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Young Offenders in the rest of the UK

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Sarah Gillies-Denning

on 25 August 2014

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Transcript of Young Offenders in the rest of the UK

In October 2011 there were 8,317 young people (18-20) in prison in England & Wales
18-25 year olds make up a tenth of the total population but account for a third of those sent to prison each year, a third of the probation caseload and a third of the total socio-economic cost of crime
58% of young people released from custody in 2008 re-offended within a year
Young Offenders in the rest of the UK
In England & Wales the age of criminal responsibility is 10 years old
those aged 10-14 after committing a crime are sent to secure housing
There are many Young Offenders only Institutions in England & Wales such as Isis in London
Offenders aged 15-21 are sent to Young Offenders Institutes(YOIs)
The key difference between YOIs and Secure Children's homes is that Young Offender Institutions have a lower staff to offender ratio,as these institutions focus on incarceration as opposed to rehabilitation and care.
Young Offenders wings also exist in adult prisons
Young Offender Institutions were introduced under the Criminal Justice Act 1988 and are today regulated by the Young Offender Institution Rules 2000, which are effectively the equivalent of the Prison Rules 1999 that apply to adult prisons in the UK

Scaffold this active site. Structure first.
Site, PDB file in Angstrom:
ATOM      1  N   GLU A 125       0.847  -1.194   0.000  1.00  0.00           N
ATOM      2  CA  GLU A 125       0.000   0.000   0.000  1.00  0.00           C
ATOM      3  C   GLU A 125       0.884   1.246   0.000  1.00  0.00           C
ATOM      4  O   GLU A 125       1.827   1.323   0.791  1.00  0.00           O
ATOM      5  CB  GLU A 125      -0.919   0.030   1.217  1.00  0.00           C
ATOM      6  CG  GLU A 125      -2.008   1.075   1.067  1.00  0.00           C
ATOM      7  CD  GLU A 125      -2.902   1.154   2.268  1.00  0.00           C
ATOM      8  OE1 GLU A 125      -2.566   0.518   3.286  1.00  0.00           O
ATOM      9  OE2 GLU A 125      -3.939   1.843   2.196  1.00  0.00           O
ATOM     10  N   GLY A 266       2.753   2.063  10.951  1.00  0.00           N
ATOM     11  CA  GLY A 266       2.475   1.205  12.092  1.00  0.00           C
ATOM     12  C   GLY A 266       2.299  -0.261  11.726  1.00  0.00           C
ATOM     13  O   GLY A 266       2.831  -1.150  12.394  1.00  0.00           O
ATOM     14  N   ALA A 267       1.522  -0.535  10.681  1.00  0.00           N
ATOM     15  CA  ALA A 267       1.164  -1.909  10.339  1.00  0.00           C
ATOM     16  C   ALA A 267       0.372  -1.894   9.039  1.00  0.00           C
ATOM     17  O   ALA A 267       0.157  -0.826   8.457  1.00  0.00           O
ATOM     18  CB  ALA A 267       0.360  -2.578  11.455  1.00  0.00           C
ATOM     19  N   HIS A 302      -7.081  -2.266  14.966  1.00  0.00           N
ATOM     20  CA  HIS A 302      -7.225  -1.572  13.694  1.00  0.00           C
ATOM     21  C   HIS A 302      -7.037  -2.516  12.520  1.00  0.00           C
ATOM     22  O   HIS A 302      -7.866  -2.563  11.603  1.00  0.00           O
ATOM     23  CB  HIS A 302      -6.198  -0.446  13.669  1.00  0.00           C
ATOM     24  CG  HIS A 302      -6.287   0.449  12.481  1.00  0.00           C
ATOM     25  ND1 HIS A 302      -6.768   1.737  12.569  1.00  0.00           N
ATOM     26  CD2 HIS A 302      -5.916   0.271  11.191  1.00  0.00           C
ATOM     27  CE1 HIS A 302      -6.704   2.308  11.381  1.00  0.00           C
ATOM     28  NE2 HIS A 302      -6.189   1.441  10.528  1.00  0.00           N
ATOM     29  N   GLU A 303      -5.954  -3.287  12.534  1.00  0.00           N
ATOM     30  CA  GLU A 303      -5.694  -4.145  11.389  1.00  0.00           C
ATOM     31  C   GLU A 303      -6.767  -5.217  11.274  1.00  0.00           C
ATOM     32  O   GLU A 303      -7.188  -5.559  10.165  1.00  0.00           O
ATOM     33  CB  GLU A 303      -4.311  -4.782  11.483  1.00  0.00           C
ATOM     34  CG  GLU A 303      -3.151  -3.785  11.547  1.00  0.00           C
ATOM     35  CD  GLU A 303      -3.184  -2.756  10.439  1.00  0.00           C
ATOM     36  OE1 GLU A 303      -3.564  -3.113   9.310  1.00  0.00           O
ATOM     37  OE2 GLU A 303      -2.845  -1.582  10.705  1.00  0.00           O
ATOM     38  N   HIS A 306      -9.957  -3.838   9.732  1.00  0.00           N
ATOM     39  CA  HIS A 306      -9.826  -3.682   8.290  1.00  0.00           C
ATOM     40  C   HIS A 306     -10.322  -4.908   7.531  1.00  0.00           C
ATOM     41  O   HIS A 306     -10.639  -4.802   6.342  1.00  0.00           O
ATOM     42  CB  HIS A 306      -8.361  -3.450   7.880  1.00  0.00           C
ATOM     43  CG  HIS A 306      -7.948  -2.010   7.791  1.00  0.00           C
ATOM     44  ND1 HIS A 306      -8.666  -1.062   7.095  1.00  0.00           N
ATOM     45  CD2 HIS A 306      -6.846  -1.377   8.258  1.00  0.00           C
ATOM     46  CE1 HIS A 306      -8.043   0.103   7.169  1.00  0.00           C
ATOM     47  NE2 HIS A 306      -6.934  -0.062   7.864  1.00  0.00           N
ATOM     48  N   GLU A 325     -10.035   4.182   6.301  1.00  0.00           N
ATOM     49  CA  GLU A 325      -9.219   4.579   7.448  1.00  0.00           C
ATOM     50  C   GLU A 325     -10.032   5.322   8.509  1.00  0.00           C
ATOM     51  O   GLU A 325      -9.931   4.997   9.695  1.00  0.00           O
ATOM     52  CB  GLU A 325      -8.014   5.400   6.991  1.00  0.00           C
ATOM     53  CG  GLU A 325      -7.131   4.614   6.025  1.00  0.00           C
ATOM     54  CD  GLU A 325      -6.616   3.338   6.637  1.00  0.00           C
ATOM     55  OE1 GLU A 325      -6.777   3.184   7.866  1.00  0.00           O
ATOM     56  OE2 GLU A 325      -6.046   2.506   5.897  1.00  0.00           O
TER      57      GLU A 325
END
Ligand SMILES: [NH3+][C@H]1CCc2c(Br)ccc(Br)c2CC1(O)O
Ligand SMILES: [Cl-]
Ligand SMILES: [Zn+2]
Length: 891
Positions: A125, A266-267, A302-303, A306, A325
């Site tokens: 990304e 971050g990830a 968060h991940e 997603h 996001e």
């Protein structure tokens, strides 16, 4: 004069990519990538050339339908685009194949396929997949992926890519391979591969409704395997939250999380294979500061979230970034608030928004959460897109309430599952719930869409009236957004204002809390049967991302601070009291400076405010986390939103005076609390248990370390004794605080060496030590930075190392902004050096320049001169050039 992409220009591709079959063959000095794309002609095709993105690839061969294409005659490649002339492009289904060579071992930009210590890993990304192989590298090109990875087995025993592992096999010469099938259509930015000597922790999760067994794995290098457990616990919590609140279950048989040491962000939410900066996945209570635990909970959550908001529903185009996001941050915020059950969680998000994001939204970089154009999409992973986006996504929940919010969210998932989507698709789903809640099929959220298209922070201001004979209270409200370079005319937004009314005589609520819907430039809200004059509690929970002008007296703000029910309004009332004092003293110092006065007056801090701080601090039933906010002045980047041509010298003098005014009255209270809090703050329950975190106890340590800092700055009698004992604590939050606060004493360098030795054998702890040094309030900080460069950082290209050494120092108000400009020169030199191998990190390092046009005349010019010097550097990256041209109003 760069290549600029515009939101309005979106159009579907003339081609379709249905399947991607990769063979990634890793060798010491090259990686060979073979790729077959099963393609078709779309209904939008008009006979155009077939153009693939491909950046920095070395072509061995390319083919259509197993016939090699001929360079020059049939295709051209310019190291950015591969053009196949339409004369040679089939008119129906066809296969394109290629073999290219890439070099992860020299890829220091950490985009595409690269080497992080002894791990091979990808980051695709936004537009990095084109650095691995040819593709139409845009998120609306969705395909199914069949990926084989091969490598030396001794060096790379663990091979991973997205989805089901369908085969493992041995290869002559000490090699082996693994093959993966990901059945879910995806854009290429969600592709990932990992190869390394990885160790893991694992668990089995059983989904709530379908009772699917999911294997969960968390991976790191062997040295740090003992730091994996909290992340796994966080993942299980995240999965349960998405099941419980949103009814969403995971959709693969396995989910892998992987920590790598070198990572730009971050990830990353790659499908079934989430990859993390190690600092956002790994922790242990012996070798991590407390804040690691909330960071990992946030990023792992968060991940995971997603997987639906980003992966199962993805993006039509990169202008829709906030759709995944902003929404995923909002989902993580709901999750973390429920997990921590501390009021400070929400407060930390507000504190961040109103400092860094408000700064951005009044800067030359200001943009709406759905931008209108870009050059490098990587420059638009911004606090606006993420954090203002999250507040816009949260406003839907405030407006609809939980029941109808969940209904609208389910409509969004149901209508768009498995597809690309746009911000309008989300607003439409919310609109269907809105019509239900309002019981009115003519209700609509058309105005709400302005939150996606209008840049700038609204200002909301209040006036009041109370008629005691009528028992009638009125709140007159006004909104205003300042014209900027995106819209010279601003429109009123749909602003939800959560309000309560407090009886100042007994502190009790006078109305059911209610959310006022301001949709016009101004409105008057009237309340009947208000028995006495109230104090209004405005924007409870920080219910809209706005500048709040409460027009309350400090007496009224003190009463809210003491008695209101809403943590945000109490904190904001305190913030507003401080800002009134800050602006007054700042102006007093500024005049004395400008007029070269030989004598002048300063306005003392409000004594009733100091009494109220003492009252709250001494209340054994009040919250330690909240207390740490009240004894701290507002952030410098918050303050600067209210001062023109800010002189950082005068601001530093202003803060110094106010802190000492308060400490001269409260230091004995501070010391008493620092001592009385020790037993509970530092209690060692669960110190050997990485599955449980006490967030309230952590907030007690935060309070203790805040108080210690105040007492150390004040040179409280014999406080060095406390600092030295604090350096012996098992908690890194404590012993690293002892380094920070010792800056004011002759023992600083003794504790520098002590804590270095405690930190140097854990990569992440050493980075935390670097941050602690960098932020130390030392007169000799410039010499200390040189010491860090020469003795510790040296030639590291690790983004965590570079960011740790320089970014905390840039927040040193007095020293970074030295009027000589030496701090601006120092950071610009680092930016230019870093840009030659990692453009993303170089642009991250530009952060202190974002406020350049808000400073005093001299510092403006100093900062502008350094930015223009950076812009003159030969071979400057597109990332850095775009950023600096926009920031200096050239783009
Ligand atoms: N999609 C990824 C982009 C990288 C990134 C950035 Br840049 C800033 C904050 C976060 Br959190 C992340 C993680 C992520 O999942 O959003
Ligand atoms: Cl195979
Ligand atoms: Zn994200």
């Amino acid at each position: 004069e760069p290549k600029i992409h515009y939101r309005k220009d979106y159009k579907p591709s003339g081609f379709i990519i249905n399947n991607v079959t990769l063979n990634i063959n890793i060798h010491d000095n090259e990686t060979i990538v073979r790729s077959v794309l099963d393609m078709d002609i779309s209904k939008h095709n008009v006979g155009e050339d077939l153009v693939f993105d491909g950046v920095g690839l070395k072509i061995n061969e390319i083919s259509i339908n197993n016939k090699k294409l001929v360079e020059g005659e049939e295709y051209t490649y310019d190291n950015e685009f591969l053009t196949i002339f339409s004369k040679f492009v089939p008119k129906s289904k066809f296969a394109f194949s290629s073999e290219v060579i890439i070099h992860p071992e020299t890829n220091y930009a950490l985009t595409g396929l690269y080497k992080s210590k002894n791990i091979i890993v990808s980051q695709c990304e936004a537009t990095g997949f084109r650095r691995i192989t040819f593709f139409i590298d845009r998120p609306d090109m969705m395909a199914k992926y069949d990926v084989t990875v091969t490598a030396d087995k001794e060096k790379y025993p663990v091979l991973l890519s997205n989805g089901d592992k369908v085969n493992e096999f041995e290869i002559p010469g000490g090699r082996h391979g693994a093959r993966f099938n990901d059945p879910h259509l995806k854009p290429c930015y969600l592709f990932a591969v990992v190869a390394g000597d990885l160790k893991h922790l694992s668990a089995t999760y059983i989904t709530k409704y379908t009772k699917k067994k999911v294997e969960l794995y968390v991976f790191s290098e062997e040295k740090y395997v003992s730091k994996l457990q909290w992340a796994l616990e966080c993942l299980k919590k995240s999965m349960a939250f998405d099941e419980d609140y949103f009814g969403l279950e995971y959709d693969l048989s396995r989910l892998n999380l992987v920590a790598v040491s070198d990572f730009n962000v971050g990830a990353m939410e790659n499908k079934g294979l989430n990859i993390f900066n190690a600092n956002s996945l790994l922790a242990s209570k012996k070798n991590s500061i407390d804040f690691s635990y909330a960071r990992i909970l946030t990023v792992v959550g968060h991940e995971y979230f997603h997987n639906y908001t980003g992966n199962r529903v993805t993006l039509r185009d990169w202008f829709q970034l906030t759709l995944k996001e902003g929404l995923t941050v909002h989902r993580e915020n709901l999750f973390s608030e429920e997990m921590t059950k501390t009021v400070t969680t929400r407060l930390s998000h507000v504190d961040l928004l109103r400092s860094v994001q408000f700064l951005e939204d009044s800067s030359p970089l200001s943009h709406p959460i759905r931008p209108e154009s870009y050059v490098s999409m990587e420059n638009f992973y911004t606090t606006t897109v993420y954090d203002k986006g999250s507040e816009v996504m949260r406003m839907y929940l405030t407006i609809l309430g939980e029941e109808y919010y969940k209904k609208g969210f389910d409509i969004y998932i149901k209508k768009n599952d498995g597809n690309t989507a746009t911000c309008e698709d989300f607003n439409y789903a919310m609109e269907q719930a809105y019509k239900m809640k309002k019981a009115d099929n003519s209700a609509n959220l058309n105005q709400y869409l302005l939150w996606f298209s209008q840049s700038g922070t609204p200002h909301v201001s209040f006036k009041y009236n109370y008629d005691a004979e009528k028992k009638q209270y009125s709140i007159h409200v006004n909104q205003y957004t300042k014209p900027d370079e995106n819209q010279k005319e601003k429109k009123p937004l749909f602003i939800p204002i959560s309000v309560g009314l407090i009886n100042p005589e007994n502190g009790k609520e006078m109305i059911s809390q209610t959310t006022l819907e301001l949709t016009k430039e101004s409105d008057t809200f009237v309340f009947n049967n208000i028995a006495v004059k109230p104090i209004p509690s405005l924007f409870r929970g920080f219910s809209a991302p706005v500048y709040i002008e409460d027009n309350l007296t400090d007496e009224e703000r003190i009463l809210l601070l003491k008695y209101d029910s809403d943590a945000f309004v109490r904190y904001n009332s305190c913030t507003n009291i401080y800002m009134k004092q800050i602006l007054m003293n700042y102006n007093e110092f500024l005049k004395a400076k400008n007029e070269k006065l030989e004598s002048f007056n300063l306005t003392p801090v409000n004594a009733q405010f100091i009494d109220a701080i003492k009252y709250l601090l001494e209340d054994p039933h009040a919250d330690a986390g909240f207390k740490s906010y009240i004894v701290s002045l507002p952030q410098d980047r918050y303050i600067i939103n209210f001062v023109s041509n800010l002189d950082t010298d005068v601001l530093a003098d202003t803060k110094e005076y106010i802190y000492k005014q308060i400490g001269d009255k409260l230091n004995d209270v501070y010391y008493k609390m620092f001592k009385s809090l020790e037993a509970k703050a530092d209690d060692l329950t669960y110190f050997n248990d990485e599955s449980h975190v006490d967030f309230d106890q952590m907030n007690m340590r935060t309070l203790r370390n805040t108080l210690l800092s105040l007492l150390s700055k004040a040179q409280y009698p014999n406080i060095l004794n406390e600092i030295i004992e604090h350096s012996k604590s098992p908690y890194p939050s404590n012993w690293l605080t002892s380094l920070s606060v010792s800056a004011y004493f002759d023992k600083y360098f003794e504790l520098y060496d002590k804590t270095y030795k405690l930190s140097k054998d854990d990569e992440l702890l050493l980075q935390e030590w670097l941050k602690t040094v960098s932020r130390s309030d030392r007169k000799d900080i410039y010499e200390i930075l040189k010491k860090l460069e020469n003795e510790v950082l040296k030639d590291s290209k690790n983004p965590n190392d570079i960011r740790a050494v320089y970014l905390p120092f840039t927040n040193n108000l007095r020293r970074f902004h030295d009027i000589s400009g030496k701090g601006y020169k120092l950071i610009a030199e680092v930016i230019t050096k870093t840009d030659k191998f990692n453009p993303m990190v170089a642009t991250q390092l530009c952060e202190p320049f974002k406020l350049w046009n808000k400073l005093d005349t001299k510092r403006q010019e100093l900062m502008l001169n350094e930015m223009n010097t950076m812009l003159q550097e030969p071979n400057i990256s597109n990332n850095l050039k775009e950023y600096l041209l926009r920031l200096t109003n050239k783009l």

Young Offenders Institutes
Differences between Scotland and the rest of the UK
YOI's have been targets of criticism as conditions are generally unsafe for young people and can result in bullying and suicide
Most of the offenders in YOIs have serious complex family or mental issues/disorders and these cannot be fully or appropriately dealt with at YOIs
YOIs generally have a lack of resources for rehabilitation and create an overall uncomfortable and intimidating atmosphere
Violence and disorder in some YOIs lead offenders to a life of reoffending
Progress has been made with Young Offenders in England and Wales due to the work of the Youth Justice Board and positive intervention by specific Youth Offending Teams
There has been a drop in both the number of first time offenders and the number of offences committed between 2008/9 and 2009/10
The number of offences committed by children fell by around one-third to just under 200,000 in 2010
However it has been estimated that Young Offenders cost the state over £19 billion per year
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